After Federal Reserve indicated of keeping U.S. interest rates close to zero, in order to boost demand for higher- yielding assets, Asian currencies were found to advance. Ben S. Bernanke - the Fed Chairman, spoke in favor of providing sustained monetary stimulus to encourage employment in the largest economy of the world. Angela Merkel – the German Chancellor, also showed her inclination to support plans for Europe’s permanent and temporary rescue funds to run in parallel. While Bernanke’s comments advocate no rise in the U.S. interest rates for a while, Merkel’s comments facilitated in improving the risk sentiment. As a result, fund inflows to the Asian region are set to continue.
The upbeat trend of Asian currencies is noted across different nations. While Malaysia’s Ringgit fortified its position by 0.5 percent to 3.0585, the South Korean Won rallied 0.7 percent to close at 1,134.20 (per Dollar) in Seoul. Indian Rupee was at 50.79 after an appreciation of 0.9 percent, while Philippine Peso strengthened its position by climbing 0.3 percent to 42.92.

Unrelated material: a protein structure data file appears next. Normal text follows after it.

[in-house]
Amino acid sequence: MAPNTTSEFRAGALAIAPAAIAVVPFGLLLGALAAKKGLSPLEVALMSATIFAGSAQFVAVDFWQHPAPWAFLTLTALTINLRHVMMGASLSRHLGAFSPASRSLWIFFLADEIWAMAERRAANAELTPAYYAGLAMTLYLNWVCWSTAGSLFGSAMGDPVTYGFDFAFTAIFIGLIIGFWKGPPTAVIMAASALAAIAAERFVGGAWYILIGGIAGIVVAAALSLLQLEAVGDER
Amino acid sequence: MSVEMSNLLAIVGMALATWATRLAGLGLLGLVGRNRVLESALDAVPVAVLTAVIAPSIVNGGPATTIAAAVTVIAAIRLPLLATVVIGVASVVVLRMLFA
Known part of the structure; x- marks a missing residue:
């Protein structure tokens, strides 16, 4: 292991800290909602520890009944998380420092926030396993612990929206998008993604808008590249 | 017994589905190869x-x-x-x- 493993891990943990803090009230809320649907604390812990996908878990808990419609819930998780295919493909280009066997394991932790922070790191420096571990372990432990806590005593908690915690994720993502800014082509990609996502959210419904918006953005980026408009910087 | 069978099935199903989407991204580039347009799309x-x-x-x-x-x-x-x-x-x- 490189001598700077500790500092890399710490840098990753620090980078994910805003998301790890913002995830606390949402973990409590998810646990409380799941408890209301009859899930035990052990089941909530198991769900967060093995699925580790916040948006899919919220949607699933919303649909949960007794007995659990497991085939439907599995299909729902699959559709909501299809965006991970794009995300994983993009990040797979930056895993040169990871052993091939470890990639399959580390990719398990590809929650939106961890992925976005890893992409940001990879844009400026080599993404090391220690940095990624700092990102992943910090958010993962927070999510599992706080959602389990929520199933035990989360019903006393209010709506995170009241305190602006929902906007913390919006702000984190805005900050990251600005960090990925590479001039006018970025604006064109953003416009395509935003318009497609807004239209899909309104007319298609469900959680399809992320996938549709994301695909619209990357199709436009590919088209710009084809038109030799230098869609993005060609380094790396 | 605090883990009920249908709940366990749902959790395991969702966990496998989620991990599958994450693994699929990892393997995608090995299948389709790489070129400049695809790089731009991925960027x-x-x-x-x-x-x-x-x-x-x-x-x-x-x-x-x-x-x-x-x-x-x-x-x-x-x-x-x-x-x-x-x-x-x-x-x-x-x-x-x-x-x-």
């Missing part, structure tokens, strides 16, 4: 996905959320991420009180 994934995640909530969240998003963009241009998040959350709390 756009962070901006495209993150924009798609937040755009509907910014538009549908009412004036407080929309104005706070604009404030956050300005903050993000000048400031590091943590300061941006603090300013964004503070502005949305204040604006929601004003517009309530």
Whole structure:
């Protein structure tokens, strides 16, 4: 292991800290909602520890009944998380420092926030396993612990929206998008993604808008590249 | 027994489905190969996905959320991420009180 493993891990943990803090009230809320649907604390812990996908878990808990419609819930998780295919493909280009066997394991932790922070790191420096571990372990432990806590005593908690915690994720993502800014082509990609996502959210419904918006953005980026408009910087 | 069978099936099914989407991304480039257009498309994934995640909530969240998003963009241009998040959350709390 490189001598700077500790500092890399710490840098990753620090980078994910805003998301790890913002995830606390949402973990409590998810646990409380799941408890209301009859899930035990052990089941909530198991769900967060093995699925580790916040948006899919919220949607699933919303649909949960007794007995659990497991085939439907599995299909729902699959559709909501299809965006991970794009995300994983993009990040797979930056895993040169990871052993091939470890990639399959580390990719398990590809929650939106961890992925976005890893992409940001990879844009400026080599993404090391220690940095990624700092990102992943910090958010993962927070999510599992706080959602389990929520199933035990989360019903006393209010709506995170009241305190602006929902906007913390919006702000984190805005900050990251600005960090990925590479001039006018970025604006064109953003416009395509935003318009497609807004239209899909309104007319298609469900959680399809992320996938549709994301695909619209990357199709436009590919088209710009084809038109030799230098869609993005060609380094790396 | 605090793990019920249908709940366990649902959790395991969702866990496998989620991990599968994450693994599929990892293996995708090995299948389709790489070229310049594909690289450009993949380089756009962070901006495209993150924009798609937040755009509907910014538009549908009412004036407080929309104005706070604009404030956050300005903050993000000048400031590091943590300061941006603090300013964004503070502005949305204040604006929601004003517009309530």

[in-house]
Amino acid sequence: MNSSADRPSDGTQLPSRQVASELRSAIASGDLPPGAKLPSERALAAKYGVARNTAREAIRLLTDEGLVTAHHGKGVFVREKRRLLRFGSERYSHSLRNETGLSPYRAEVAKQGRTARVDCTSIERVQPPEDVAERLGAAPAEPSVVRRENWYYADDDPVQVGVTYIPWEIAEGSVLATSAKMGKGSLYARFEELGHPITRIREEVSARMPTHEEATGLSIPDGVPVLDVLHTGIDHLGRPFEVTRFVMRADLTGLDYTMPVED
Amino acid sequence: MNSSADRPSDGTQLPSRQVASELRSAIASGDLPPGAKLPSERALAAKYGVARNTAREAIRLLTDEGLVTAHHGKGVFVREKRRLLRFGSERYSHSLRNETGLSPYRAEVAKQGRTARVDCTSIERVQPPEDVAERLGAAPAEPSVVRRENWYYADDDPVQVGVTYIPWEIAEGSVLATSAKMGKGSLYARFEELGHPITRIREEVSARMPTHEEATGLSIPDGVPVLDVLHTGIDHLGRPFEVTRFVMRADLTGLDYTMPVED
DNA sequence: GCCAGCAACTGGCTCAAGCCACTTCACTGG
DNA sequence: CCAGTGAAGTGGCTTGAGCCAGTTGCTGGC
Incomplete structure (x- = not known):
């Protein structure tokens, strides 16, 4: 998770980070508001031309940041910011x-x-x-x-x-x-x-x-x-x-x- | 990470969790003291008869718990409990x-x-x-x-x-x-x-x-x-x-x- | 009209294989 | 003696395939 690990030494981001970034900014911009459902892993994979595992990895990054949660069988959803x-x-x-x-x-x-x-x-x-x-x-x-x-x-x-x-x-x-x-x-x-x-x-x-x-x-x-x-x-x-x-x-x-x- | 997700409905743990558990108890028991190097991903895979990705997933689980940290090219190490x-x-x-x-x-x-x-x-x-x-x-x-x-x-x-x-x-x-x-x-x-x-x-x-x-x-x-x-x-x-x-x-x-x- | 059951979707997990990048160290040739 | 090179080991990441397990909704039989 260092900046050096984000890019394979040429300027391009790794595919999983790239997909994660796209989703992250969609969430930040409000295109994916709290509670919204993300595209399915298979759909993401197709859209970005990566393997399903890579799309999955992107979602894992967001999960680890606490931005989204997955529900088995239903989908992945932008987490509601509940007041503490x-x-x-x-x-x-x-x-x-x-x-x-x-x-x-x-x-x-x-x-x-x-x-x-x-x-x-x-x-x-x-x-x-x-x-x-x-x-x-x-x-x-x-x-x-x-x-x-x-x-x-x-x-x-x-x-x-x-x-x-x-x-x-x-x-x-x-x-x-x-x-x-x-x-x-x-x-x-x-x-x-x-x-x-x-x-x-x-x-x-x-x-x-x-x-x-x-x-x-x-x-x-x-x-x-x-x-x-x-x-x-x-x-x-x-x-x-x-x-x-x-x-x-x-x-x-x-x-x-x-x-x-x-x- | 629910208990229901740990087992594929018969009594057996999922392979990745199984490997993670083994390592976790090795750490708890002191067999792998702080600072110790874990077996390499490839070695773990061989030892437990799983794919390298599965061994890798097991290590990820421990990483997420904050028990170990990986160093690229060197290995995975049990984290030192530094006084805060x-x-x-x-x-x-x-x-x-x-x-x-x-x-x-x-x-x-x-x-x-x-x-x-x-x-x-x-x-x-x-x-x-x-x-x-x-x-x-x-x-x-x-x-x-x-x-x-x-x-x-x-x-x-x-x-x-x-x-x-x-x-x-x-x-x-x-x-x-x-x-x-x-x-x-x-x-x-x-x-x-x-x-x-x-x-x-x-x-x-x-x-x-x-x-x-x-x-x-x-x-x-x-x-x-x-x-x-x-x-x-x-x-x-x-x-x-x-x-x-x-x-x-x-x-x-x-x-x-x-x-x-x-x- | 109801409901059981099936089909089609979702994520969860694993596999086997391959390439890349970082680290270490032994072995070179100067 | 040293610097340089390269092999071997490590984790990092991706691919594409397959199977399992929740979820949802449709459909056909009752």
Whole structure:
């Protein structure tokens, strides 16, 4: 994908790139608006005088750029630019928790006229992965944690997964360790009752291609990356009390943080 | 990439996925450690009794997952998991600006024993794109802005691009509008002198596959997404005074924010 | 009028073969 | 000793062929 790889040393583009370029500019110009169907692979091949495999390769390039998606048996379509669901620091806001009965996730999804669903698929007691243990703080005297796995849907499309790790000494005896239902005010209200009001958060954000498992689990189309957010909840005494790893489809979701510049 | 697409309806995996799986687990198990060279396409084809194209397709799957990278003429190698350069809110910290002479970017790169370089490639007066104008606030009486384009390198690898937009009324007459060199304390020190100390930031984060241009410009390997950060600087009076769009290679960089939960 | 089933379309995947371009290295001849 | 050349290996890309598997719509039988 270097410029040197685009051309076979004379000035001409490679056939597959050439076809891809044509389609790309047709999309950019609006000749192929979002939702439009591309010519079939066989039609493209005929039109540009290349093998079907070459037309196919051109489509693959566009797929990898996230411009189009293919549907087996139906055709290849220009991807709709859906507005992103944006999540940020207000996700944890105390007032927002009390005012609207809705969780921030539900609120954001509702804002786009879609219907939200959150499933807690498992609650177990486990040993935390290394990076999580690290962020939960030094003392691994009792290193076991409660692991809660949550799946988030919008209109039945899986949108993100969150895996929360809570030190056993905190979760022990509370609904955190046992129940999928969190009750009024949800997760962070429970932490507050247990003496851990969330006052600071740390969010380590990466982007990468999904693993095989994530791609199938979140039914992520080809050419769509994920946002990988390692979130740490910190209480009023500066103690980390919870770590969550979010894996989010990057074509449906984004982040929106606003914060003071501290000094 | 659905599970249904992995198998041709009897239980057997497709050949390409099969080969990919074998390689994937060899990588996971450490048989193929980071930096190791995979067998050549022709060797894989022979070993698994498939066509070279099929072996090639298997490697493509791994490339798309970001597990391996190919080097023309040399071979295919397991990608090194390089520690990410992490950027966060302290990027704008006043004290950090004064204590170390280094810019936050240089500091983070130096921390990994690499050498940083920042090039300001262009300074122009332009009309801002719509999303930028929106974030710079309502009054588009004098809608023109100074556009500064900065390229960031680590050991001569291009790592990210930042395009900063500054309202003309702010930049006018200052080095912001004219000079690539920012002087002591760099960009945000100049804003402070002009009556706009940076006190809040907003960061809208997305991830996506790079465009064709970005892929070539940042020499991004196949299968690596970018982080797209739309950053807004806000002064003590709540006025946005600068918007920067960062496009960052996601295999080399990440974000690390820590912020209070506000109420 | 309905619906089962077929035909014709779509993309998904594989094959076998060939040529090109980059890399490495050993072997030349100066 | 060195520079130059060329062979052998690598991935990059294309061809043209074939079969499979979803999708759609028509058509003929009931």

The Asia Dollar Index also clocked a promising figure by climbing 1.4 percent this year. Since this index keeps track of the 10 most- used currencies in the Asian region, excluding the Yen, such an upbeat figure surely is something to look forward to. Analysis of stock exchange data also revealed good news as it was found that in comparison to the stocks foreign investors sold in South Korea, India, Thailand and Taiwan this year, they bought $25.5 billion more
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